So, about 10 years too late to the party, The Duchess and I binge-watched Friday Night Lights recently. And I do mean binge: We normally don’t tear through shows too quickly, but The Duchess became absolutely addicted to FNL and so it took about three weeks to watch 76 episodes. It’s also one of the rare shows that could make her declare “I hate this show” when it did something emotionally devastating, only to have her welcome it back moments later when it did something uplifting.
Friday Night Lights isn’t a perfect show, despite what some people might say. It had some seriously dubious plot developments (there is no need to speak of the murdered rapist) and it dropped more plot threads, never to be mentioned again, than your drunk grandma at a knitting contest (we must imagine that poor Santiago is still living with Buddy Garrity, possibly in a pit in his basement, putting lotion on its skin).
But what FNL did well, it did exceedingly well. There were few Big Moments; this was a show about normal-sized people without super powers just trying to find their way through modern small-town life. But when it came to Character Arcs and sketching out the lives of these people, it was nearly perfect. Let’s discuss two specific things that are representative of the show as a whole: Tim Riggins, and the Housing Market in Dillon, Texas.
The Housing Market in Dillon, Taxes
One of the simplest ways to define a character in a visual medium is to show where and how they live. Yet for most TV shows (and most films) there’s a tendency to go for Setting Porn instead of realism. The kids on Friends couldn’t afford those impossible large apartments, and the titular Broke Girls on that awful sitcom Two Broke Girls live in a huge apartment that people would pay top dollar for, rats and all.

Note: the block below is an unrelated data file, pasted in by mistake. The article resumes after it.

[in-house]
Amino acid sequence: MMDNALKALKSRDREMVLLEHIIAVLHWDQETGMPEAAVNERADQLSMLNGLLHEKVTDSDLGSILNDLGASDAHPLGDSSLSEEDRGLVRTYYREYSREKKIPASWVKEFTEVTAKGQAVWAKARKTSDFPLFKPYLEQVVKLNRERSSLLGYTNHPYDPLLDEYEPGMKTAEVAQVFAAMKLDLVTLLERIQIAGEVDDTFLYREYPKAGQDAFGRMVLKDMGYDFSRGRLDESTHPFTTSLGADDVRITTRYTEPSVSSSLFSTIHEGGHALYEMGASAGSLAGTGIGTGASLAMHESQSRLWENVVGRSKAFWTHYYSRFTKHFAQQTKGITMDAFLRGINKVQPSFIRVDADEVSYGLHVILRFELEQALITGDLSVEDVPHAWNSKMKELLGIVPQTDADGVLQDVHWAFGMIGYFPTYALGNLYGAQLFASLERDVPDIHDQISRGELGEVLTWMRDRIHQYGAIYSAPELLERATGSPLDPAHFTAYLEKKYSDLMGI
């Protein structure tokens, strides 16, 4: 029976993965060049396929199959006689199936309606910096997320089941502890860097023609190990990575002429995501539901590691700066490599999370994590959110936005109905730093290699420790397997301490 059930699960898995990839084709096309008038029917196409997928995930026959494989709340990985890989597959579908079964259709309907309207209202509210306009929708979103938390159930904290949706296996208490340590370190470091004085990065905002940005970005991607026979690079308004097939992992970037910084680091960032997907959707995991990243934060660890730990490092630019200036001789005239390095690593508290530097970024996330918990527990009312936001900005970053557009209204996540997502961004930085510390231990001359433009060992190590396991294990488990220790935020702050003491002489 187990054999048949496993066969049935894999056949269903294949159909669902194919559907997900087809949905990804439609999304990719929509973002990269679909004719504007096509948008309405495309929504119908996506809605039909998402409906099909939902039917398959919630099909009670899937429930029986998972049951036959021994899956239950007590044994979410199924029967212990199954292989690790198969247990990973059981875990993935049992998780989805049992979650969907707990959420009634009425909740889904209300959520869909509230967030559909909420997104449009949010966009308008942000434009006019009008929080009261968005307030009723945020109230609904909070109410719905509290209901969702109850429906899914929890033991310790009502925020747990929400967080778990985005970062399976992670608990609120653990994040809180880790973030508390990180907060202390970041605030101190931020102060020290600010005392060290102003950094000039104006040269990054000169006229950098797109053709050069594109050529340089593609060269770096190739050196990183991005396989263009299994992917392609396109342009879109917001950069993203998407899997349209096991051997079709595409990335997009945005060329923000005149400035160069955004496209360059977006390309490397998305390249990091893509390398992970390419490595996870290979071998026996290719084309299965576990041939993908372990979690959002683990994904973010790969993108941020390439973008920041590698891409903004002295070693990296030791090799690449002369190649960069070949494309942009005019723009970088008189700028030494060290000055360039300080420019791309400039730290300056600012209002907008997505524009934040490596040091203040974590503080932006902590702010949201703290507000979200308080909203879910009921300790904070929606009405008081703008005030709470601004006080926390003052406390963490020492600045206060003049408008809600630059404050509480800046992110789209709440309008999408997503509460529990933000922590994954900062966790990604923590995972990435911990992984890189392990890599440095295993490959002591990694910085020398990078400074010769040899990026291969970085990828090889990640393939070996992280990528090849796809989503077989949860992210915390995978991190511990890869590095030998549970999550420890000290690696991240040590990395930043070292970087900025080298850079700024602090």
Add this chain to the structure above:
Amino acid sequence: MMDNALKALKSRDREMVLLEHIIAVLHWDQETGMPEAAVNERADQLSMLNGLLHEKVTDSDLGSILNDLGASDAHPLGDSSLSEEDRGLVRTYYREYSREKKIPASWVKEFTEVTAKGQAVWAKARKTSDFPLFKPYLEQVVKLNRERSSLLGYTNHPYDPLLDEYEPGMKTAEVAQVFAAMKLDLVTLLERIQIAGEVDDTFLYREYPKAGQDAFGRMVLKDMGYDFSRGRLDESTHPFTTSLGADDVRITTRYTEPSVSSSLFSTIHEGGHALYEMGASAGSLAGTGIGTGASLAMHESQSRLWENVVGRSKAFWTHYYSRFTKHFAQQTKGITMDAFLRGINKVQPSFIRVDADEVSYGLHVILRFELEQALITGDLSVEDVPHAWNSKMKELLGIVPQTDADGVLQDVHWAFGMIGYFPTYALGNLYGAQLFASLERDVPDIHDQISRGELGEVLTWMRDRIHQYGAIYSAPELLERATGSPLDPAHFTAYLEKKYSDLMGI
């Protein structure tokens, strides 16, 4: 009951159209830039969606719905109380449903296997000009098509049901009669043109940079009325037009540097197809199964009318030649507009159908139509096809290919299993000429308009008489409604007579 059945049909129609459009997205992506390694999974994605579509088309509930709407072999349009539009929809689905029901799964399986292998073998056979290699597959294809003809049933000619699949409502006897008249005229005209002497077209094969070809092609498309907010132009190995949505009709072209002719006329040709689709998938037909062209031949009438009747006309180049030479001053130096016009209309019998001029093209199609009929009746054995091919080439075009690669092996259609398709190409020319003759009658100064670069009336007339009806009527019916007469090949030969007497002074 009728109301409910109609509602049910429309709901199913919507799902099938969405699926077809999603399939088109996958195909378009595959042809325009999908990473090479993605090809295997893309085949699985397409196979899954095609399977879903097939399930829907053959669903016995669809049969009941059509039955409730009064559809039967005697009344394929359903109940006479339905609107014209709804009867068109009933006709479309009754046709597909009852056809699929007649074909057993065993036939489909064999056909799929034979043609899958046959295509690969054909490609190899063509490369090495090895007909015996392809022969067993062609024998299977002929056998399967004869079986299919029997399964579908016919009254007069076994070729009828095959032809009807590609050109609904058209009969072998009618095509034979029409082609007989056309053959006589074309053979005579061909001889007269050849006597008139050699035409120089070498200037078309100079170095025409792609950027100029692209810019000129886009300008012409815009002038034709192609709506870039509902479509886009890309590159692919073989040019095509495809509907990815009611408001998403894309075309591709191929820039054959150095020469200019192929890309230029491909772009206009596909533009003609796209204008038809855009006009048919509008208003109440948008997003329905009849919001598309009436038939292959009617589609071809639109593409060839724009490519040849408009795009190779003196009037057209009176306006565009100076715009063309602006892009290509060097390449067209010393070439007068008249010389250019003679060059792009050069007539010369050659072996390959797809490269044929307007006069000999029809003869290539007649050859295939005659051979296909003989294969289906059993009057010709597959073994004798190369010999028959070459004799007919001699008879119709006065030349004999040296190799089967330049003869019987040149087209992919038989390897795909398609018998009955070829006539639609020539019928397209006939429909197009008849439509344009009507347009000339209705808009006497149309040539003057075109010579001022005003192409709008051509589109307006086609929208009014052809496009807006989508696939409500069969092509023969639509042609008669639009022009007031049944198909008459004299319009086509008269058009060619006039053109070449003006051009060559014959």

But in FNL, where the characters lived was pegged very realistically to their socioeconomic status. Smash Williams, whose mother moved her family from a crime-ridden town nearby and can barely afford West Dillion, lives in what appear to be either public subsidized housing or very low-cost rentals. Vince Howard, living in poverty-stricken East Dillon, lives in similar lodgings with his drug-addled Mom. Matt Saracen, living with his grandmother while his father is in Iraq and his mother is elsewhere, lives in a sagging old house with a scrabbly front yard. The Riggins Brothers live in a run-down ranch house that had once been part of a new development.
Moving up a little, Coach Taylor and his dual-income family live in a nice enough home on a suburban-looking street, with a neat front yard, and the taylors feel safe enough to play pin-pong with the garage door open at all hours. But they’re just municipal employees; the house is tight on space and little things are broken or run down. They’re doing okay, but there are frequent dreams of larger places and frequent arguments about money.
Buddy Garrity, initially a successful car dealer, lives in a much larger and newer home. It’s not a mansion, but it’s much nicer than the Taylor home. And the McCoy’s, rich and moving to Dillon solely to get their talented quarterback son into the best high school football program around, do live in a mansion. The housing for every character is almost perfectly chosen. It tells you everything you need to know about their economic background, their social status (outside of football, of course, which has its own social pecking order the town respects), and how they live, all without one word of exposition of “As you know … ”